This year, on January 30, a short test flight of just under an hour, peaking at 32,000 ft, carried out by Emirates airlines, was the first test flight in Africa and the Middle East using 100% SAF.
And today, the first helicopter flight using 100% SAF took place in the UK.
Are people buying it?
Although SAF technology is advancing, SAF production is still limited, keeping costs high.
Because SAF incorporates a range of different fuels, determining exactly what the cost difference is compared to conventional jet fuel is a delicate matter.
Forbes found that a flight purchased from Victor using 100% SAF would mean an increased cost of 14% for the customer. However, IATA estimated that in 2021, SAF was two to four times more expensive than fossil jet fuels.
However, the demand is still there, as there are a number of airlines currently using SAF. On February 15, Boeing announced that it wanted to double its purchase of SAF from 2022, purchasing 21.2 million litres for 2023.
Time for a refill! ⛽
We're buying 5.6 million gallons (21.2 million liters) of @NesteGlobal blended sustainable aviation fuel for our U.S. commercial operations for 2023 – more than twice as much as last year.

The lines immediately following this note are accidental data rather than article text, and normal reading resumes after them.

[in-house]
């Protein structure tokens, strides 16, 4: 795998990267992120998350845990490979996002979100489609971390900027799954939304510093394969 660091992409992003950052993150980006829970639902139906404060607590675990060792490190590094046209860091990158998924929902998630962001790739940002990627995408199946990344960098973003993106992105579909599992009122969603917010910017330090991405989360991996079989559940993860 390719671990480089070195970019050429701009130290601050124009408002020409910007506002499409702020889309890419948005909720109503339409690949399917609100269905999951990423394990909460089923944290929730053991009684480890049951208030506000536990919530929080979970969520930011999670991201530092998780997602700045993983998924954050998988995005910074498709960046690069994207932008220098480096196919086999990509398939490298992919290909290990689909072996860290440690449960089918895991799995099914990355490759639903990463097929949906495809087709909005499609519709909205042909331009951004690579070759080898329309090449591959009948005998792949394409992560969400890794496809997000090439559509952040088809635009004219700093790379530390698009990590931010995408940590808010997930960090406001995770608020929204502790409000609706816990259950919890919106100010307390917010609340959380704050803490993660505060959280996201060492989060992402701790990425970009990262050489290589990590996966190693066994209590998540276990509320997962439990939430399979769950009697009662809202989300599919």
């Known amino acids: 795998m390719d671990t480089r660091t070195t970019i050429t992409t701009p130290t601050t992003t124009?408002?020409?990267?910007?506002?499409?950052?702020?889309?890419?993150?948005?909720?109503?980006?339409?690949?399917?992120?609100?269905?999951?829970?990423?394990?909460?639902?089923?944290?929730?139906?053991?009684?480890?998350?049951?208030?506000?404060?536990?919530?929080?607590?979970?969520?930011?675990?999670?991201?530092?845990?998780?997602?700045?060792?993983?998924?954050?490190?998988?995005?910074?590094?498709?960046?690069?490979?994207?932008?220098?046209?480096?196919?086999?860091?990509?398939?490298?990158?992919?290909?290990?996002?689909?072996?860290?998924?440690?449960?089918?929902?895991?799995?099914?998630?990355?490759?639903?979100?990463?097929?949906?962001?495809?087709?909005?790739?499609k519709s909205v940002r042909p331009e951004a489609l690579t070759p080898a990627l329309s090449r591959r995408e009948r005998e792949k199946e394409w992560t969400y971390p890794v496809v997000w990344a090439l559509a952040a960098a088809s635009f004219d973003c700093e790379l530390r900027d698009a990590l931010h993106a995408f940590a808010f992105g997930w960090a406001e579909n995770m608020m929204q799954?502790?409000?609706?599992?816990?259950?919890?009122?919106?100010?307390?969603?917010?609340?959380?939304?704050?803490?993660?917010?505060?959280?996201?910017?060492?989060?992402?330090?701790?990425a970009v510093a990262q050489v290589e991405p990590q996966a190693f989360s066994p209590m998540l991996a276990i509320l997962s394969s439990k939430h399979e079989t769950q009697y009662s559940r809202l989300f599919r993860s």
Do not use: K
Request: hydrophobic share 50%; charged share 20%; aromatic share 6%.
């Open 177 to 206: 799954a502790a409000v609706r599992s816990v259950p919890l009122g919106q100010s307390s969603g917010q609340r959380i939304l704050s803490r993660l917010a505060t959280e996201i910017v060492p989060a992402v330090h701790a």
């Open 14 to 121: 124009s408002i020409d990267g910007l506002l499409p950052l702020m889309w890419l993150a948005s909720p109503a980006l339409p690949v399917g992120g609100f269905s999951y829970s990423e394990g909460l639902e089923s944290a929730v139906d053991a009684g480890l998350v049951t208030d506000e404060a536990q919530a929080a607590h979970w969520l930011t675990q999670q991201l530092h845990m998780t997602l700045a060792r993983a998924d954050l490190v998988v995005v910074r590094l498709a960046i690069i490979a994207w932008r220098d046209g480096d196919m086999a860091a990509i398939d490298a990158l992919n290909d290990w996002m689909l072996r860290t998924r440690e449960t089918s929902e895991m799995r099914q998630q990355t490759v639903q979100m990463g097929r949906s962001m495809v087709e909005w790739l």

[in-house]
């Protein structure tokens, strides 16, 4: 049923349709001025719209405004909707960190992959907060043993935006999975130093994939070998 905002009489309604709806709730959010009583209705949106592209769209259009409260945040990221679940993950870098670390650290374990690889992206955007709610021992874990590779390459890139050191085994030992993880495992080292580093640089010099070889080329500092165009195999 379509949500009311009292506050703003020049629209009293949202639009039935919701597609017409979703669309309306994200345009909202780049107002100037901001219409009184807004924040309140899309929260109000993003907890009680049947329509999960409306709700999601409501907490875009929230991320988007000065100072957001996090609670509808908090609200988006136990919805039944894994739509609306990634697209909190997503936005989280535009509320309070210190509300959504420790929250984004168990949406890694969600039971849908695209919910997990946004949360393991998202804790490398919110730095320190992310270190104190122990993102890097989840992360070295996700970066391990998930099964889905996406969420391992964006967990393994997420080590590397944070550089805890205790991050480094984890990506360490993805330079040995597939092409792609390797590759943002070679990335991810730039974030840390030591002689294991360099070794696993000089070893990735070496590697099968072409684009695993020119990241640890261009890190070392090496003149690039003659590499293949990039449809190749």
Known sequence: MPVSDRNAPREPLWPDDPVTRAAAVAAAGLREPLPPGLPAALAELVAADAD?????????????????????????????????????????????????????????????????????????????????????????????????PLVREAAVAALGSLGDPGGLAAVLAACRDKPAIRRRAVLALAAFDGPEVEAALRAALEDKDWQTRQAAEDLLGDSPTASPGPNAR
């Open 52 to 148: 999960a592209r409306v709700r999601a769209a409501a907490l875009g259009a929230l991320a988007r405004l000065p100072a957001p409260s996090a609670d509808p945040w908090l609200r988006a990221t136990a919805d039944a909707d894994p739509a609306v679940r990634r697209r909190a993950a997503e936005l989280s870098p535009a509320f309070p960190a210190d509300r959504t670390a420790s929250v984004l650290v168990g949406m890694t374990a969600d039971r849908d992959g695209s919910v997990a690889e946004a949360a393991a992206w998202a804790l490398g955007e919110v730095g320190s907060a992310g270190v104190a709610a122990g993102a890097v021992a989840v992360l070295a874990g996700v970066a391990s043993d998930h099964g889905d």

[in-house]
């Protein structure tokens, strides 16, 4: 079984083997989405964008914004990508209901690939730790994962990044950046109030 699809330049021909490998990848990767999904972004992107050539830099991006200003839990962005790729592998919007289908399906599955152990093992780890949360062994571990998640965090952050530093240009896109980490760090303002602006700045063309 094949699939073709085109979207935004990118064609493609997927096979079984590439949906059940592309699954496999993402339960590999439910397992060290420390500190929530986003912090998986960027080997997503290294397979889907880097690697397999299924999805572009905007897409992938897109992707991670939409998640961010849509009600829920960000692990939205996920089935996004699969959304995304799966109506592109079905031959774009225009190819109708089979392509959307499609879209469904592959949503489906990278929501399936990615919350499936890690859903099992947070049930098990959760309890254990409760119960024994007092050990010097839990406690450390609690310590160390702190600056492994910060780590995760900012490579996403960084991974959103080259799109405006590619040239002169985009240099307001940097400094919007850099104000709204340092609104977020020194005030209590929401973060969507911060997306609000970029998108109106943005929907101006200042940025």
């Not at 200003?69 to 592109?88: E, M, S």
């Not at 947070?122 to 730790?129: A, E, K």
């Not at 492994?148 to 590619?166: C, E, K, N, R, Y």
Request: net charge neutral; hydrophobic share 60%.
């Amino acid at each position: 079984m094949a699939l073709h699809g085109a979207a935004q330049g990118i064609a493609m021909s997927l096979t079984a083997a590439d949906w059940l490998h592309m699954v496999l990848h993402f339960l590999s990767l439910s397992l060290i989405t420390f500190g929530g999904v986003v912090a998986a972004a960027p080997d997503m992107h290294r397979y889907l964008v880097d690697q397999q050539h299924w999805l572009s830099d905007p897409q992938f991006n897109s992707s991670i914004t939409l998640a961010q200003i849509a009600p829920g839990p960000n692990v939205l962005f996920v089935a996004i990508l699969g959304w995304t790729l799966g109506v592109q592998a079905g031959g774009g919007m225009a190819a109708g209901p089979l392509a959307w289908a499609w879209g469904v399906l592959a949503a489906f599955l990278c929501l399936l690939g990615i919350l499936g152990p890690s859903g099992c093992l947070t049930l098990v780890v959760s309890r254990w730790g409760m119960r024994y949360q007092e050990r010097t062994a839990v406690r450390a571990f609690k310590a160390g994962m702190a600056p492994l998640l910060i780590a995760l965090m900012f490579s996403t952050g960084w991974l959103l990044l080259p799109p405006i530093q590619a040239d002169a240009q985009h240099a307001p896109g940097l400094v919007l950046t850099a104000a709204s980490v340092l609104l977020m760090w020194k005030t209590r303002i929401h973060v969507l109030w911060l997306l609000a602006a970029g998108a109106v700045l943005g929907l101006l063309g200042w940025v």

— The Boeing Company (@Boeing) February 15, 2023
Neste plans to increase its production capacity for SAF to 15 times the amount by the end of 2023; from 100,000 tons to 1.5 million tons (more than 2 billion litres).
The market for SAF clearly exists, and provides an opportunity to reduce the aviation industry’s emissions in real time, rather than through carbon offsetting.
Is SAF enough to green the industry?
Despite some respite during the pandemic, the aviation industry is only expected to grow. The International Civilian Aviation Organisation predicts that demand for air transport will grow by 4.3% each year over the next two decades. In 2035, this will mean 200,000 flights taking off and landing every day.
While SAF is a serious step forward in significantly reducing aviation emissions, even blends of 100% SAF would be limited in the reductions they achieve, because Scope 1 emissions still remain untackled.
Despite the cautious optimism that SAF should inspire, it does not represent an alternative to curbing the demand for flights, and the necessary change required in human travel habits and behaviour.
Editor’s Note: The opinions expressed here by the authors are their own, not those of Impakter.com — In the Featured Photo: Aeroplane leaving contrails. Featured Photo Credit: William Hook.